Ireland's Office of Public Works (OPW) is a ‘disgrace’ if it doesn't allow local people to honour Roscrea's war dead, heard the June meeting of the Roscrea Community Development Council (RCDC).
On December 23rd, 1922, four Tipperary men, Frederick Bourke, Martin O’Shea, Patrick Russell (aged 17), and Patrick Kennedy were executed by the Free State Army during the turmoil following the Anglo Irish Treaty.
However, there is no mention of their executions, and no plaque or memorial recognises the events, heard members at the meeting.
Roscrea native Tommy Murphy told Chairman John Lupton that he was told by the Office of Public Works (OPW) that erecting the Proclamation of 1916 would “dilute and confuse” the history of the Castle. It is the OPW which controls the tourist element of the Castle and decides what history should be shown in the town, said Mr Murphy.
“No one could tell the executions even took place at all. At least let us put a plaque on the wall. It’s about the men who were executed. It’s a total disgrace that one body can overrule the people of Roscrea. The Minister should be made to answer why we cannot put the Proclamation in the Castle, or on the wall.”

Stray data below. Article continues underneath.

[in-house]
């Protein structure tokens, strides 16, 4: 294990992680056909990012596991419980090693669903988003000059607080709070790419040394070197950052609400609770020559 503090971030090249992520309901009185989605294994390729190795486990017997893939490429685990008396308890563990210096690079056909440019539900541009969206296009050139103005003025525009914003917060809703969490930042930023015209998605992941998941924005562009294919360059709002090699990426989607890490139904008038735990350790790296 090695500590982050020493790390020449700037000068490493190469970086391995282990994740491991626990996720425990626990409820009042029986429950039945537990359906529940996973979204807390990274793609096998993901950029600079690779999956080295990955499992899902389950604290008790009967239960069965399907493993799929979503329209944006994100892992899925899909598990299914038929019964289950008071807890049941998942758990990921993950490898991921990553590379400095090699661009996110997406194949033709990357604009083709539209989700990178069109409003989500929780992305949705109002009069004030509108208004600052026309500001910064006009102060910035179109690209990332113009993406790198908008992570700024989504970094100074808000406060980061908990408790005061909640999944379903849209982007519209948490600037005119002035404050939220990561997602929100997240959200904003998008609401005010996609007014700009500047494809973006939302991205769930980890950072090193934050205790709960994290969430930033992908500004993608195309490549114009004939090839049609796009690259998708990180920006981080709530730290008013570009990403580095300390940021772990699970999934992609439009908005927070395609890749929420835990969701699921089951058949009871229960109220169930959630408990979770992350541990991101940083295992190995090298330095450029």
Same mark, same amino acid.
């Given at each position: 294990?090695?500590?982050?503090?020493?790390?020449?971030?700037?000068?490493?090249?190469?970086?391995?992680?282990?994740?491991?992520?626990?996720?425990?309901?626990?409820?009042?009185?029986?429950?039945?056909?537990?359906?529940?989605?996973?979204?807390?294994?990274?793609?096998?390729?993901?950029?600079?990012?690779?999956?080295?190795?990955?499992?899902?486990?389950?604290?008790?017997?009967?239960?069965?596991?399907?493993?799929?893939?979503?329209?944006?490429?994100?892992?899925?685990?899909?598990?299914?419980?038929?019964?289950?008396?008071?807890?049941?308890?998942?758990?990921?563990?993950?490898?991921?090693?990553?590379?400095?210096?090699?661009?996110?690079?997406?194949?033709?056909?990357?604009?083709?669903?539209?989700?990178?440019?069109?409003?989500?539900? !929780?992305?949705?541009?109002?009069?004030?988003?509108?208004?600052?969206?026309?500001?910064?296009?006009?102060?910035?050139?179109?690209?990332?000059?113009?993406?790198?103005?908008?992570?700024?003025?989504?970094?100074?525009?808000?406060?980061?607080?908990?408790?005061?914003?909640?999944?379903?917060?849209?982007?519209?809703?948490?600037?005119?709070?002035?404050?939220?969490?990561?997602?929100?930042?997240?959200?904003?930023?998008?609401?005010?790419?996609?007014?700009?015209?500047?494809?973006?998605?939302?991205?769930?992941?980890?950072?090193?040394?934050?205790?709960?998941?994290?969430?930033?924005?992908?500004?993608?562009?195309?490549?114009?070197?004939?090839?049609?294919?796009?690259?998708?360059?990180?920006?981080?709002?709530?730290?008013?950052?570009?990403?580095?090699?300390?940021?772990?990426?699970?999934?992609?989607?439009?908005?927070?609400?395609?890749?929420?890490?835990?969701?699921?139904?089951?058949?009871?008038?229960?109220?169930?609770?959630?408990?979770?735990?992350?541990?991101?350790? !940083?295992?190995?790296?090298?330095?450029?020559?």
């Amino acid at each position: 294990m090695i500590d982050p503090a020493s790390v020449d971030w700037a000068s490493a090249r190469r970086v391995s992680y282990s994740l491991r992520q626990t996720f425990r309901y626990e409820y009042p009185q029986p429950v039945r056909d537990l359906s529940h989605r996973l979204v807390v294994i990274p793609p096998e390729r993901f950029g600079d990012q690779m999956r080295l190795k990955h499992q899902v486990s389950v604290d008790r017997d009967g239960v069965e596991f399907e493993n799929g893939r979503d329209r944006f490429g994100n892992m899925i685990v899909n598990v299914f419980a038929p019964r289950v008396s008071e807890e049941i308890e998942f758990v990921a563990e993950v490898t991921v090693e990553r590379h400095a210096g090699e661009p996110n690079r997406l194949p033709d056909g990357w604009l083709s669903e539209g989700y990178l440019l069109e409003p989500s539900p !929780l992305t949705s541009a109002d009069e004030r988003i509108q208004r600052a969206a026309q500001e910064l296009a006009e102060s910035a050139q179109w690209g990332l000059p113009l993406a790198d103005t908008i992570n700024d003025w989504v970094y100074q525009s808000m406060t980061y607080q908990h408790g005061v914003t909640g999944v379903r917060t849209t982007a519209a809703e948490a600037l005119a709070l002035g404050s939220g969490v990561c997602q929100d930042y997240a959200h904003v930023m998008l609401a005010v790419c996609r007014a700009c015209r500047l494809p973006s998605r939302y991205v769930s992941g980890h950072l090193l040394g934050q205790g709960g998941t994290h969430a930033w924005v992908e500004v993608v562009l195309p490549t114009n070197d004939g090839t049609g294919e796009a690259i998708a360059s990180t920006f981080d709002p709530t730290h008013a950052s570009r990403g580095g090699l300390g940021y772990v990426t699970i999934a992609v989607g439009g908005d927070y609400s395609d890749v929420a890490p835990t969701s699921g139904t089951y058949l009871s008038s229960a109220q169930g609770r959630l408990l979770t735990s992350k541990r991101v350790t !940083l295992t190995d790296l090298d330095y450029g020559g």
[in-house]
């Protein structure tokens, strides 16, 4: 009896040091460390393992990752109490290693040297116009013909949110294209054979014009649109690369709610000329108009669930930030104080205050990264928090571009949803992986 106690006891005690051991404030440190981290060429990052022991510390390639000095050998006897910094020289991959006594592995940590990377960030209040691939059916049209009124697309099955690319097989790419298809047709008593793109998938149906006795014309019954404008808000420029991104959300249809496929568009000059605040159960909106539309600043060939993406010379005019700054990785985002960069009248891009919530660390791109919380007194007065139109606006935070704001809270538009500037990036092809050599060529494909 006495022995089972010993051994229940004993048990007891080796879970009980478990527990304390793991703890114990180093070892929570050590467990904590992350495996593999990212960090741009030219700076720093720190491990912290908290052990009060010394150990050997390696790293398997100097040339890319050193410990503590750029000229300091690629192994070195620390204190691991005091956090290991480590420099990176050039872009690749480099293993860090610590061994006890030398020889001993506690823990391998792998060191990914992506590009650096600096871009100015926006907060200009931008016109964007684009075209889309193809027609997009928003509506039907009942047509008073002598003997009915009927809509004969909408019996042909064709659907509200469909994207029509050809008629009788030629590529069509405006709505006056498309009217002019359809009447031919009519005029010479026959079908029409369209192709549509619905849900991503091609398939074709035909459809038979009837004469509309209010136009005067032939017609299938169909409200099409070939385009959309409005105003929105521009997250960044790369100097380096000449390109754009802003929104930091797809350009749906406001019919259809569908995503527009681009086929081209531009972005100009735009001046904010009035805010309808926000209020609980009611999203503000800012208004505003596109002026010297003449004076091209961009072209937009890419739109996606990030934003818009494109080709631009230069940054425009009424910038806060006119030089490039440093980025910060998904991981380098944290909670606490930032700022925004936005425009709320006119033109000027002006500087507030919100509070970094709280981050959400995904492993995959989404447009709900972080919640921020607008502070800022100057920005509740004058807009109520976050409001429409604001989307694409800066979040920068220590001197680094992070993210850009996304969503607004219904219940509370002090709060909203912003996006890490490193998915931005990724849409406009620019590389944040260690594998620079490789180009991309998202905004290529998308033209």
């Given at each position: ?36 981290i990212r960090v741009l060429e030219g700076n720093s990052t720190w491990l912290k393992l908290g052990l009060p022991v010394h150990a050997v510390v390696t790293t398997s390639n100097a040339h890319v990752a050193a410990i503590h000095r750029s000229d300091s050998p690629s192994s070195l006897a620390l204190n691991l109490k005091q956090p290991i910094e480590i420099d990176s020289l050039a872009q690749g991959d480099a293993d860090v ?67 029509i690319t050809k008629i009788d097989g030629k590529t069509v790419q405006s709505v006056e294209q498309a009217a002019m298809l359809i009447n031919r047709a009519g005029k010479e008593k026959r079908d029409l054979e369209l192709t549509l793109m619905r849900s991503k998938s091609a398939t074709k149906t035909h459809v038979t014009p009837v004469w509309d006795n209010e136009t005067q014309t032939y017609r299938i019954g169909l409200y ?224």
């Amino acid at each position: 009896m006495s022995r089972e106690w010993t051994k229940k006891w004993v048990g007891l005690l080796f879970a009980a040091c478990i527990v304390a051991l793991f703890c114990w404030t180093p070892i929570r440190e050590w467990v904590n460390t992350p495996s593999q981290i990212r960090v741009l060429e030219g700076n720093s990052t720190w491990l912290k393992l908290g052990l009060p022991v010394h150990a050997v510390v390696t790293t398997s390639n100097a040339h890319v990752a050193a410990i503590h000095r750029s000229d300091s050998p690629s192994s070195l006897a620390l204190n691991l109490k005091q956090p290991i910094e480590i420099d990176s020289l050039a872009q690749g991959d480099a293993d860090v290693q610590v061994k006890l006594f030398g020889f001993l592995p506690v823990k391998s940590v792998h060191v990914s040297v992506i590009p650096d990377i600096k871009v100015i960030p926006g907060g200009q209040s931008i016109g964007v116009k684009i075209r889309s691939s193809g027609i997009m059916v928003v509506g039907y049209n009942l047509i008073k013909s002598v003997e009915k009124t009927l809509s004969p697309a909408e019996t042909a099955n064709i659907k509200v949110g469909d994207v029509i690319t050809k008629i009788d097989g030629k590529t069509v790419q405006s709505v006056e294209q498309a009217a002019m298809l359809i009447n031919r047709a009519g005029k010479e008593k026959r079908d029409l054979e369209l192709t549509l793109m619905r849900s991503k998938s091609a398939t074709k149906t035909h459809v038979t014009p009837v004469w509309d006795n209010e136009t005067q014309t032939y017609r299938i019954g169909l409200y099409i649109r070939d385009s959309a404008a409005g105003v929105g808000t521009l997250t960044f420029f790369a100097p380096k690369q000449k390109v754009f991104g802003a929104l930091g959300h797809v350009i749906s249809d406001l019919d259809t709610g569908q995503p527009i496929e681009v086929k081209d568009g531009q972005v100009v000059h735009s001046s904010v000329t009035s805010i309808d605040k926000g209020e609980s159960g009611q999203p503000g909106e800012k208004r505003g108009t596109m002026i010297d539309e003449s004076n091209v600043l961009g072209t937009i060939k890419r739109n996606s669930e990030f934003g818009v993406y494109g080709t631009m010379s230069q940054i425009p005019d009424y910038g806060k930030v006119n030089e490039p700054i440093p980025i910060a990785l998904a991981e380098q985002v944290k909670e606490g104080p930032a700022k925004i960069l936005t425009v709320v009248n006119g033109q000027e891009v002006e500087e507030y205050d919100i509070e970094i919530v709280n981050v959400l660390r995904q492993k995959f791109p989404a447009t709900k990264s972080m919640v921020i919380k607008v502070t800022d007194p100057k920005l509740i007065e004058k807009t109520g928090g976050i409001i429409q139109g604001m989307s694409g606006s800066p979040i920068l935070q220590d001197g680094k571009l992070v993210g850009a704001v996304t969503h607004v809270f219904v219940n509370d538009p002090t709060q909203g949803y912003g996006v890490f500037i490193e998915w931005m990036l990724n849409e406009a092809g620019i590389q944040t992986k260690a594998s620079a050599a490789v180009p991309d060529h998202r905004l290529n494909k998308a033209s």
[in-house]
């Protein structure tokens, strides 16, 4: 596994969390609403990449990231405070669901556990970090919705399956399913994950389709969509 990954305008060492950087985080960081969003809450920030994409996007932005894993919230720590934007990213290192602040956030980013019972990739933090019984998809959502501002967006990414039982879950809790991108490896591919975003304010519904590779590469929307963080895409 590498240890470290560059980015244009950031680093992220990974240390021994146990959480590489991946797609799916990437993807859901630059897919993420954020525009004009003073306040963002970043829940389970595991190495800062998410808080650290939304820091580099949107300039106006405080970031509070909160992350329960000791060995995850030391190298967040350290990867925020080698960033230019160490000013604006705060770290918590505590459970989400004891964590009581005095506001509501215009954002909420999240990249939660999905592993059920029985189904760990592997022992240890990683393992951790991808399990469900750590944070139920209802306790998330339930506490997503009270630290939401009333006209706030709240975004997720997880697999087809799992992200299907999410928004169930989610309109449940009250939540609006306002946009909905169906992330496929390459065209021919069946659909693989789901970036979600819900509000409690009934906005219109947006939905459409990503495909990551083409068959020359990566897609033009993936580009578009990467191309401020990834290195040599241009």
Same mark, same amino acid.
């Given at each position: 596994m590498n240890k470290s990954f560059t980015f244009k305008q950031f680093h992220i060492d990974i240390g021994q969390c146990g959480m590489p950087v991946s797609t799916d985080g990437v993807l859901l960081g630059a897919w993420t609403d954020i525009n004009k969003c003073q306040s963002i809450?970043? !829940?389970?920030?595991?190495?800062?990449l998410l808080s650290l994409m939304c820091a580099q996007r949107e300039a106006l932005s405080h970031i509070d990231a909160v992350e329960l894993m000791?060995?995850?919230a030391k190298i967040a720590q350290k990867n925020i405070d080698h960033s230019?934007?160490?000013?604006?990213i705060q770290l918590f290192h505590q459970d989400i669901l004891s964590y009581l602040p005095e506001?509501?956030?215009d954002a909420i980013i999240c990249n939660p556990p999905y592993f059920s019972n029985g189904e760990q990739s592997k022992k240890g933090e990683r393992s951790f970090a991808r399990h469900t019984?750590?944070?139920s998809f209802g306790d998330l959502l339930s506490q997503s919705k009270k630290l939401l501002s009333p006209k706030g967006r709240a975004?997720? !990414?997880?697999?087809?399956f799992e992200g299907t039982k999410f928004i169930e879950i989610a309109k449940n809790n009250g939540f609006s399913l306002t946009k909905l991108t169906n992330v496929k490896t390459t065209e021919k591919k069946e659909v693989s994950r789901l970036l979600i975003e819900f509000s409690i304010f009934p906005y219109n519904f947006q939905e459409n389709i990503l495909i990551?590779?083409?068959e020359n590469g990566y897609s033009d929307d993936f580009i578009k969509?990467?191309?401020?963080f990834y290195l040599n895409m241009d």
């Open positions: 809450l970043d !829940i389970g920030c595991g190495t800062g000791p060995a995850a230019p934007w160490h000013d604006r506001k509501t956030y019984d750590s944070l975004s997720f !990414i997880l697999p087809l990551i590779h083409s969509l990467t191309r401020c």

Chairman John Lupton said “it’s an absolute disgrace.” The heritage and tourism product should reflect the wishes of the people of Roscrea.
The OPW have a restoration role, and it’s a “dilution” of the Castle’s history to not mention the men who were executed and buried there. “It’s 2017 now, and the Proclamation is not up anywhere in public,” added Mr Murphy.
The problem with dealing with the OPW is “talking to functionaries” and not the senior staff who set policy, said Mr Lupton. Warren Dunne (SF) said he emailed the OPW and received a response, but months later, received another email stating “they had never received any email”.